10 Ways Travelling in South America Made Me More Confident

Travel changes you. It changes you subtly and slowly and tremendously, and when that change is done, you can never just go back to your old comfortable self and tell yourself, ‘Well, that was fun, but that’s enough.’

One of the most fundamental reasons we keep returning to the road is not to find new places but to find ourselves. We get addicted to that rush of self-improvement, that feeling of standing on our own two feet with the ability to say that we’ve come further than we ever thought possible, both in miles and our minds. more “10 Ways Travelling in South America Made Me More Confident”

To the Man Who Grabbed My Hair

Rio de Janeiro is a wonderful place during the Carnaval. Foreigners and locals alike come together in loud, colourful street parties, blocos, partying alongside the drummers and more talented dancers until the last of them have disappeared and it’s time to crowd the night clubs and dance the night away. Spontaneous small talk between strangers sprouts out of nowhere; two shirtless guys, both wearing a unicorn horn, high five and continue on their way; the crowd cheers and whistles at a boy and a girl passionately making out in the middle of the parade; the city puts its best foot forward for a weekend of carefree partying and fun in the sun.

But there is another side to it. more “To the Man Who Grabbed My Hair”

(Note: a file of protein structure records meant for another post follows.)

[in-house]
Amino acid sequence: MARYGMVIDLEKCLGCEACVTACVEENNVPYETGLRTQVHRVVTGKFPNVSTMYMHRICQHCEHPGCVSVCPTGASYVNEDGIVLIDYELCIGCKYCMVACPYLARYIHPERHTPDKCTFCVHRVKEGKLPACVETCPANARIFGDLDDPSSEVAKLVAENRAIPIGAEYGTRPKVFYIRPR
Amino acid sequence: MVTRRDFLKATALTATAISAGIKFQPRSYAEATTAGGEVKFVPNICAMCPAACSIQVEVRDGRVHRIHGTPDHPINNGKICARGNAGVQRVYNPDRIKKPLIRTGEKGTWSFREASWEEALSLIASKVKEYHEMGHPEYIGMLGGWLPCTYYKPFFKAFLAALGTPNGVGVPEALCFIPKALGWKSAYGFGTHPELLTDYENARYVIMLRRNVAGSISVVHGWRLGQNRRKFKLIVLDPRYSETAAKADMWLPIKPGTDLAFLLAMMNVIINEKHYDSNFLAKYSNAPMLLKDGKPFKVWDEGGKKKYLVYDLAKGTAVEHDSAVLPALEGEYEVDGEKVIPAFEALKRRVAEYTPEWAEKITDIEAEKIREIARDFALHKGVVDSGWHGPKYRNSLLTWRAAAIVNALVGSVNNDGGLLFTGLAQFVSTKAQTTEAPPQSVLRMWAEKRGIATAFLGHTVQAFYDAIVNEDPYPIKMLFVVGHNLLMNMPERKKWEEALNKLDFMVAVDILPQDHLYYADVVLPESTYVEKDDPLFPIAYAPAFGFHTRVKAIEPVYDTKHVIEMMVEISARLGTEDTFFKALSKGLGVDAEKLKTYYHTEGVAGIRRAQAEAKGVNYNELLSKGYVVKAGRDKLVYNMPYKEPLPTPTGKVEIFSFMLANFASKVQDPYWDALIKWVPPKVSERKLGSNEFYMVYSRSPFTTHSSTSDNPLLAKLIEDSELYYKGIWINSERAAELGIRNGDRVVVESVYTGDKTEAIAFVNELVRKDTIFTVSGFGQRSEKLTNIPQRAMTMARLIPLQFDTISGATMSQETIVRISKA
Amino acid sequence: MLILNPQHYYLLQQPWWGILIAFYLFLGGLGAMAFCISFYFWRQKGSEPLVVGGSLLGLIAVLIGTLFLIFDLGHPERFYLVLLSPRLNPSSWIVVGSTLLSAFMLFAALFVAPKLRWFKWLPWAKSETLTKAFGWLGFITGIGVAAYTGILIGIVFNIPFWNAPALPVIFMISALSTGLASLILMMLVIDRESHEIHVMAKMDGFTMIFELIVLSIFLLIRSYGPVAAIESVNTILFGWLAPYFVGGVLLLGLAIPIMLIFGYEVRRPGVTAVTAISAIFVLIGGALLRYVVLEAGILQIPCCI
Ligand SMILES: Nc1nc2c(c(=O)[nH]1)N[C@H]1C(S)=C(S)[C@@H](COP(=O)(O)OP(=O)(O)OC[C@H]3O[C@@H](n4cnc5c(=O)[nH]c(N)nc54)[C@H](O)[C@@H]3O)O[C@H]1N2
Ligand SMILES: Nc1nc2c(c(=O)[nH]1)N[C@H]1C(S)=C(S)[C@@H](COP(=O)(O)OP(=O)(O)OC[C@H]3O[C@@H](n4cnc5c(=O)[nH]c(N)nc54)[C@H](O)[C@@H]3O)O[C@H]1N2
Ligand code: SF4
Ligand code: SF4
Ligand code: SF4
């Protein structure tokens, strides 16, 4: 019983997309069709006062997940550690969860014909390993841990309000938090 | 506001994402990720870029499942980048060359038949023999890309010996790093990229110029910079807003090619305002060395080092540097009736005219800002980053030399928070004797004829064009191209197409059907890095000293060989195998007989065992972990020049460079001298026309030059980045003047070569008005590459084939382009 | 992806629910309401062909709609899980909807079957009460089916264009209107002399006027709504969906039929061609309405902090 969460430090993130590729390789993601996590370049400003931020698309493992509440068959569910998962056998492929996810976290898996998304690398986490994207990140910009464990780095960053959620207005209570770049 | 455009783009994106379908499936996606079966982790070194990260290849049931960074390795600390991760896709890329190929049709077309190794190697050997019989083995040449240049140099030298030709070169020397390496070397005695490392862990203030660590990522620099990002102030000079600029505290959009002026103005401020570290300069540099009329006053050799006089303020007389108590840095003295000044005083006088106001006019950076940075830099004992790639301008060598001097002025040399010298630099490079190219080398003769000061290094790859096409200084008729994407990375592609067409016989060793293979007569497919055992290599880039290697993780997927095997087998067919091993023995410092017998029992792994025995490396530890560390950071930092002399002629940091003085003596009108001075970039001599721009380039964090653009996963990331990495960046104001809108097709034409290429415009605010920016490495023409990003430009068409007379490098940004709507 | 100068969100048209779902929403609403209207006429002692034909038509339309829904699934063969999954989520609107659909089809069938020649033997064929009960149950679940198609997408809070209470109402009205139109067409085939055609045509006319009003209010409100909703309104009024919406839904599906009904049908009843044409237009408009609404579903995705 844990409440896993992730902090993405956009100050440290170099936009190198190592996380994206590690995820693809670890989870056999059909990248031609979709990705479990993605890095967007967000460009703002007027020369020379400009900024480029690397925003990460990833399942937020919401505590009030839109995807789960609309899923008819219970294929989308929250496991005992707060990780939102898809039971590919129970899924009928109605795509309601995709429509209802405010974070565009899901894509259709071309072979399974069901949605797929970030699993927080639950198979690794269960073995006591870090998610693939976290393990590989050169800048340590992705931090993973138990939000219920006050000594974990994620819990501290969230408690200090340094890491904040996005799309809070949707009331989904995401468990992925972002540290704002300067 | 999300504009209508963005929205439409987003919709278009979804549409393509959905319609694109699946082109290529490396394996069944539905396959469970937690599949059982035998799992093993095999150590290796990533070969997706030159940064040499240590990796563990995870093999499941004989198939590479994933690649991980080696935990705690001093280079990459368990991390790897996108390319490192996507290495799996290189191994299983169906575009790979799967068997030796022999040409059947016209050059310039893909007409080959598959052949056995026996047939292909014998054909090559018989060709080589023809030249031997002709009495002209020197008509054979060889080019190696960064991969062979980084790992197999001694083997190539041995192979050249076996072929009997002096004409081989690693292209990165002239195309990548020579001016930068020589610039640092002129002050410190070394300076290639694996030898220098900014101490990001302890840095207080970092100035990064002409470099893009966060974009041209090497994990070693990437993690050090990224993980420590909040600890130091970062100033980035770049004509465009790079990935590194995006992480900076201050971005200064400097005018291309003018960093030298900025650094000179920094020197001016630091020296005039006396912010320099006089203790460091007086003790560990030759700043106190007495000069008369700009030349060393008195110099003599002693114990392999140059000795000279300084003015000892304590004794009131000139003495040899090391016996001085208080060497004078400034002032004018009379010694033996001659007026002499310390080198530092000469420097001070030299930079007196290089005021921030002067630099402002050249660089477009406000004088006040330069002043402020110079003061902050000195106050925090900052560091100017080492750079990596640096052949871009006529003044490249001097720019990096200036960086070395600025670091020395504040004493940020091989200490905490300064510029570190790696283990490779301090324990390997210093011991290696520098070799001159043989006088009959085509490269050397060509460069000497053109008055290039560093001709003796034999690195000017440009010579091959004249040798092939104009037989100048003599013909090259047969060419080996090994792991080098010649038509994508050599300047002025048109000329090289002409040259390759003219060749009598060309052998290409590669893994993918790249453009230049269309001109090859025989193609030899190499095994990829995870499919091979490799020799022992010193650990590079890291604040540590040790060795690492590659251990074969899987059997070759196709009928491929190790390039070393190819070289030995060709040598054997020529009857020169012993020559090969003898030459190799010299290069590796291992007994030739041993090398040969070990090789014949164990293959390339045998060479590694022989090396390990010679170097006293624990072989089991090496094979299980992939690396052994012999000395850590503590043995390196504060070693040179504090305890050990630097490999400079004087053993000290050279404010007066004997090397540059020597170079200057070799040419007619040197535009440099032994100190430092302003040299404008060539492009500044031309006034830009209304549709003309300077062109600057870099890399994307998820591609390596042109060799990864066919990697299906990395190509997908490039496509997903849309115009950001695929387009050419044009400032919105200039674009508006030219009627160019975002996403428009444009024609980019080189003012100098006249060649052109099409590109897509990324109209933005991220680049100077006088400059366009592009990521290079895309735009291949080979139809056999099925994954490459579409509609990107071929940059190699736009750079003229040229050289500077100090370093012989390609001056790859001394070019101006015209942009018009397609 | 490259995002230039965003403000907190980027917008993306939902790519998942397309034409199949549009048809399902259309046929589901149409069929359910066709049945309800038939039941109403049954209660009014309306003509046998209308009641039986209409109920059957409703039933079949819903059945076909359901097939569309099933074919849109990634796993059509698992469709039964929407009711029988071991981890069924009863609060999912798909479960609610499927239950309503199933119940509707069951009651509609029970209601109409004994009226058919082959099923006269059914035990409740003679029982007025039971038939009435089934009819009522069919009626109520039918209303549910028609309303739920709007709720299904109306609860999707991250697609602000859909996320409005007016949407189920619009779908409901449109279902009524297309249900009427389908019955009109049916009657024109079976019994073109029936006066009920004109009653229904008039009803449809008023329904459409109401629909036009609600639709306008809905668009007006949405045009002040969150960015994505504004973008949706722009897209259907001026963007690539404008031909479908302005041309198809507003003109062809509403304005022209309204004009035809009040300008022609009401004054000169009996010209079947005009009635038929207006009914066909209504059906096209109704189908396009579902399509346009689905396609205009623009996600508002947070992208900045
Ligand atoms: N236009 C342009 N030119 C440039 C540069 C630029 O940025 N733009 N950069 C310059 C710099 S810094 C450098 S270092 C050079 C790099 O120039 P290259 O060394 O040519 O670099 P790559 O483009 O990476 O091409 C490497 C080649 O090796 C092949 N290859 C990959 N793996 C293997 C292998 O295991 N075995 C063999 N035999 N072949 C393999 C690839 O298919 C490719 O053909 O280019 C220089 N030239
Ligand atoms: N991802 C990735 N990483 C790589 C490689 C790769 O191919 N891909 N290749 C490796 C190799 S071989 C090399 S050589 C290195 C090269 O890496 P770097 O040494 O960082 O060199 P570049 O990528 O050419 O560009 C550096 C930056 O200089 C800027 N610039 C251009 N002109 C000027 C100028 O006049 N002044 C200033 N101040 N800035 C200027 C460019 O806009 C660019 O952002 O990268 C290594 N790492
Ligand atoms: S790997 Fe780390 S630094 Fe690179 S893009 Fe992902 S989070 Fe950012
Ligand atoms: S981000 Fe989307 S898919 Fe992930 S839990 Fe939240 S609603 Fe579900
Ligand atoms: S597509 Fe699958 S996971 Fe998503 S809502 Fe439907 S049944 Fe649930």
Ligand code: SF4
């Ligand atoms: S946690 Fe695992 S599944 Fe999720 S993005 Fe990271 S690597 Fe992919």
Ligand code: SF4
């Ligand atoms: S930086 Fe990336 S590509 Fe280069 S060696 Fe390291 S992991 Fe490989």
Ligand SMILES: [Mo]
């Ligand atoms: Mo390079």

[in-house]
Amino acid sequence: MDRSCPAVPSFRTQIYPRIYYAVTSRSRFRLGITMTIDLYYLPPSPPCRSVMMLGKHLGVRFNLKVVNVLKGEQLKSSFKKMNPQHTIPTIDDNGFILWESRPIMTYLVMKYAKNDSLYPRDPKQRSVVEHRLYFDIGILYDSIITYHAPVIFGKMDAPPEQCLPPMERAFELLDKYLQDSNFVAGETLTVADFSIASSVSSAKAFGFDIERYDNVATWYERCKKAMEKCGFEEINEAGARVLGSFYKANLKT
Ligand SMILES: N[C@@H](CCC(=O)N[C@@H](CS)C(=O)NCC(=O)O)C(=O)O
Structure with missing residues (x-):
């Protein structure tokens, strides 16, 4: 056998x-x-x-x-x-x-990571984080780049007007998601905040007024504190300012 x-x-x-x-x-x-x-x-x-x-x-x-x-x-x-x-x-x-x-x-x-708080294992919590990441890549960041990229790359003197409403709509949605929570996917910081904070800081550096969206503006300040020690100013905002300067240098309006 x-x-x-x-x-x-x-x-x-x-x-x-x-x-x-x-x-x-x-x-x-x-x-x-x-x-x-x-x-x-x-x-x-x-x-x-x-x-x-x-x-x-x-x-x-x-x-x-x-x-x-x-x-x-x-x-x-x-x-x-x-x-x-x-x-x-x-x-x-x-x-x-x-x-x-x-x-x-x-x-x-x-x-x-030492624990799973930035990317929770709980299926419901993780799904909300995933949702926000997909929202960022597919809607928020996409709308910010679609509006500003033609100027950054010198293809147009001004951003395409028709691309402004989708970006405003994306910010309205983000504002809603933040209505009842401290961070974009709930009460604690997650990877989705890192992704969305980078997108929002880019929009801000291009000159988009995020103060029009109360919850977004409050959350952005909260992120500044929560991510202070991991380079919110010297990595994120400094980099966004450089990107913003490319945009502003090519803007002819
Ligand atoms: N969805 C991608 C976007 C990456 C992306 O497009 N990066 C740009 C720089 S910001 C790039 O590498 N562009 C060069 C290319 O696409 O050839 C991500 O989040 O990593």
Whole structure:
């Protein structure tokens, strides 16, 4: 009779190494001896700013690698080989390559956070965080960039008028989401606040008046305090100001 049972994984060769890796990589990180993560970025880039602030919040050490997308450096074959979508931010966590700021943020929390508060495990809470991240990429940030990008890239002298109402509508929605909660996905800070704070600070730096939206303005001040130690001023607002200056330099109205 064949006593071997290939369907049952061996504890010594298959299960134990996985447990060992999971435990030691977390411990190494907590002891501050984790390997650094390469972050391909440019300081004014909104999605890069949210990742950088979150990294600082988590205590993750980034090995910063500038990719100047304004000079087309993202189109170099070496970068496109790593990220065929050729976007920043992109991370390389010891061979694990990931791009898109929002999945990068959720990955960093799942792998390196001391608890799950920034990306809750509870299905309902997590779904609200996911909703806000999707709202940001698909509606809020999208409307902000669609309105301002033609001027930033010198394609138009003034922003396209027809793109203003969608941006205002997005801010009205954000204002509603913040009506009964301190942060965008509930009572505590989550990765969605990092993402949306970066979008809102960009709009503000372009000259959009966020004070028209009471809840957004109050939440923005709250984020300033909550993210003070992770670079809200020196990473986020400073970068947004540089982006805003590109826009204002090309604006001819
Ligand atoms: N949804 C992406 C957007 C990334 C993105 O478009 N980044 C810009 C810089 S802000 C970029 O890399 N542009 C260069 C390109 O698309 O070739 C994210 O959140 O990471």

I Can’t Tell You How to Deal with Homesickness

For one reason or another, this post has been drifting around my drafts folder since the day I started this blog – for nearly two years – and I never got around to publishing it. Now that it’s finally time for it to see daylight, I find my mind changed.

The original post started with the words: I can’t tell you how to deal with homesickness, because I don’t get homesick.

Now I have to retract that statement and correct myself: I can’t tell you how to deal with homesickness because frankly, it is a completely new feeling for me. more “I Can’t Tell You How to Deal with Homesickness”

Myanmar: Regaining the sense of adventure

With the nightfall came the rain. It fell heavy on the windshield as our cab crept along the traffic, slowly shuffling forward. The bus station turned out to be a maze of little holes in walls instead of one big terminal as I had imagined. Heavy rain rushed my parting with the Dutch couple I had known for a fleeting moment as they hurried off to their next destination, separate from mine. As I was trying to figure out my arrival time to Mandalay, it became apparent that no one else on the bus spoke English, and I couldn’t help but wonder if this wasn’t what I had always wanted. It had always been so; even when I was fifteen and everyone I knew was running off abroad for a few weeks, practicing a new language and adulthood, I was the one who chose a destination that no one else had picked. I was the odd one out, the wild card; the only one deviating from the worn trail left by backpackers before me; all alone, perhaps, but by my own choice. It had always been so; it would always remain so. more “Myanmar: Regaining the sense of adventure”